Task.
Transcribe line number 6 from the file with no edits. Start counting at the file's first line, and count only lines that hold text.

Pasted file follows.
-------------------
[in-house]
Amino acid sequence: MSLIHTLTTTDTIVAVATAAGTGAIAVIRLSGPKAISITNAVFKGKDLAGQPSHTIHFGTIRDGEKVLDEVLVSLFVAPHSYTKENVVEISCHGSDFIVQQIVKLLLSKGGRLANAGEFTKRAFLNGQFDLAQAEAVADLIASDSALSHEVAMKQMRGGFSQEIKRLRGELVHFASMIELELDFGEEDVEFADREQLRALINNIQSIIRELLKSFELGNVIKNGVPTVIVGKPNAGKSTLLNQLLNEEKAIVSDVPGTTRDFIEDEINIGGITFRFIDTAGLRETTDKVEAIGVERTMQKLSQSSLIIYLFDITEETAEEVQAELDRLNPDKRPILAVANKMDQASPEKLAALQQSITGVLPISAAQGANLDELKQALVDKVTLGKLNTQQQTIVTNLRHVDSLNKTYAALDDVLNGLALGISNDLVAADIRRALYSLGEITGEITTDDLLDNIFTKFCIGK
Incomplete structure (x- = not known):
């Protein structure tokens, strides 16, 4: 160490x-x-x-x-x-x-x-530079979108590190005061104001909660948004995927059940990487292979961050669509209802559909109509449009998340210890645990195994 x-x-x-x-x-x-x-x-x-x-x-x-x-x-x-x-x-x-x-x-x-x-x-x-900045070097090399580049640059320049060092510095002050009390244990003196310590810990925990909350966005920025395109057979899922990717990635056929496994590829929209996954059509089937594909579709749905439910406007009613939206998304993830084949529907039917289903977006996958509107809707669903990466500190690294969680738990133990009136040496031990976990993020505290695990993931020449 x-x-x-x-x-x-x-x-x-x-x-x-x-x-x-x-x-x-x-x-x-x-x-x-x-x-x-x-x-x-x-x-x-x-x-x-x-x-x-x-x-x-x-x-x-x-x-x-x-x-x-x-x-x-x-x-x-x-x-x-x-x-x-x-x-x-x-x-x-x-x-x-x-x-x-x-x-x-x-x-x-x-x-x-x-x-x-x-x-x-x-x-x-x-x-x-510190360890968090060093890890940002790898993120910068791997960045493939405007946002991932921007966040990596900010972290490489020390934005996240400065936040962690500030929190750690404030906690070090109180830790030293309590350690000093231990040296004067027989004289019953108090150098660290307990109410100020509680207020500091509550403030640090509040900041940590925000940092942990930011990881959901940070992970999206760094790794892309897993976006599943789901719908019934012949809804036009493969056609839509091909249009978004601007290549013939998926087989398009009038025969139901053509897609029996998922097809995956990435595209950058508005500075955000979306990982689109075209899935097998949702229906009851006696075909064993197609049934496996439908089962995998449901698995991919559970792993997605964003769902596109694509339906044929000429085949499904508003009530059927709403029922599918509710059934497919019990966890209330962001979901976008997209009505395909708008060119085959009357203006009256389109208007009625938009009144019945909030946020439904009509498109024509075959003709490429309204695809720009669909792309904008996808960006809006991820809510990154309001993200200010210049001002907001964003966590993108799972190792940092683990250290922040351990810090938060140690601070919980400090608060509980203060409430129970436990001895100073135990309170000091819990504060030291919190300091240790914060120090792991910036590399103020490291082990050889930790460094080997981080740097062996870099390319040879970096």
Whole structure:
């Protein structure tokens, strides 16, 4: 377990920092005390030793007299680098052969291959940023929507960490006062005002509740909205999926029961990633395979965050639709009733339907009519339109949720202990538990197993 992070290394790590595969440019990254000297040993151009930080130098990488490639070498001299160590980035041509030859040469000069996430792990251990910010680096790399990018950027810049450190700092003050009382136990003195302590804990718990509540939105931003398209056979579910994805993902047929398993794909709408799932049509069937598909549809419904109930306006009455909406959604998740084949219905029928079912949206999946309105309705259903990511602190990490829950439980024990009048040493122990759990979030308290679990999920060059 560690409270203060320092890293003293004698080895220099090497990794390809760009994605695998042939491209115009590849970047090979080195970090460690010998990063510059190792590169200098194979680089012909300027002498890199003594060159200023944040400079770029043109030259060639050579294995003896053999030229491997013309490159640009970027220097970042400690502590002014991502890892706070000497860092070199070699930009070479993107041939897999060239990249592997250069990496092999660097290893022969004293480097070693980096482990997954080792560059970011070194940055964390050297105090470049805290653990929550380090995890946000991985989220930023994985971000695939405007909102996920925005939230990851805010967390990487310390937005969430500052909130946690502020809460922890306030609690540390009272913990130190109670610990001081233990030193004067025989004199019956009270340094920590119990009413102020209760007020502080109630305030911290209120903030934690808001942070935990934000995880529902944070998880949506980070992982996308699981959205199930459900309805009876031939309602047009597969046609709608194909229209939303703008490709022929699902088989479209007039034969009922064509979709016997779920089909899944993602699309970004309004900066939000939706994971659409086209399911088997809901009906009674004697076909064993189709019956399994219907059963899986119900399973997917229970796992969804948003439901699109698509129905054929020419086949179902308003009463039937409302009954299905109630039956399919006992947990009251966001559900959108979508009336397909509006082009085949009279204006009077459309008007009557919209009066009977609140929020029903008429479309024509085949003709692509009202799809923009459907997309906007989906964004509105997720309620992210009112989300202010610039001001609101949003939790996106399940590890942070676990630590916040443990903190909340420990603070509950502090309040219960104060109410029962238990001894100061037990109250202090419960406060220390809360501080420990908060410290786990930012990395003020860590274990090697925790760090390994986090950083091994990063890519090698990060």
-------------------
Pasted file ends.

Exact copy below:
């Protein structure tokens, strides 16, 4: 377990920092005390030793007299680098052969291959940023929507960490006062005002509740909205999926029961990633395979965050639709009733339907009519339109949720202990538990197993 992070290394790590595969440019990254000297040993151009930080130098990488490639070498001299160590980035041509030859040469000069996430792990251990910010680096790399990018950027810049450190700092003050009382136990003195302590804990718990509540939105931003398209056979579910994805993902047929398993794909709408799932049509069937598909549809419904109930306006009455909406959604998740084949219905029928079912949206999946309105309705259903990511602190990490829950439980024990009048040493122990759990979030308290679990999920060059 560690409270203060320092890293003293004698080895220099090497990794390809760009994605695998042939491209115009590849970047090979080195970090460690010998990063510059190792590169200098194979680089012909300027002498890199003594060159200023944040400079770029043109030259060639050579294995003896053999030229491997013309490159640009970027220097970042400690502590002014991502890892706070000497860092070199070699930009070479993107041939897999060239990249592997250069990496092999660097290893022969004293480097070693980096482990997954080792560059970011070194940055964390050297105090470049805290653990929550380090995890946000991985989220930023994985971000695939405007909102996920925005939230990851805010967390990487310390937005969430500052909130946690502020809460922890306030609690540390009272913990130190109670610990001081233990030193004067025989004199019956009270340094920590119990009413102020209760007020502080109630305030911290209120903030934690808001942070935990934000995880529902944070998880949506980070992982996308699981959205199930459900309805009876031939309602047009597969046609709608194909229209939303703008490709022929699902088989479209007039034969009922064509979709016997779920089909899944993602699309970004309004900066939000939706994971659409086209399911088997809901009906009674004697076909064993189709019956399994219907059963899986119900399973997917229970796992969804948003439901699109698509129905054929020419086949179902308003009463039937409302009954299905109630039956399919006992947990009251966001559900959108979508009336397909509006082009085949009279204006009077459309008007009557919209009066009977609140929020029903008429479309024509085949003709692509009202799809923009459907997309906007989906964004509105997720309620992210009112989300202010610039001001609101949003939790996106399940590890942070676990630590916040443990903190909340420990603070509950502090309040219960104060109410029962238990001894100061037990109250202090419960406060220390809360501080420990908060410290786990930012990395003020860590274990090697925790760090390994986090950083091994990063890519090698990060």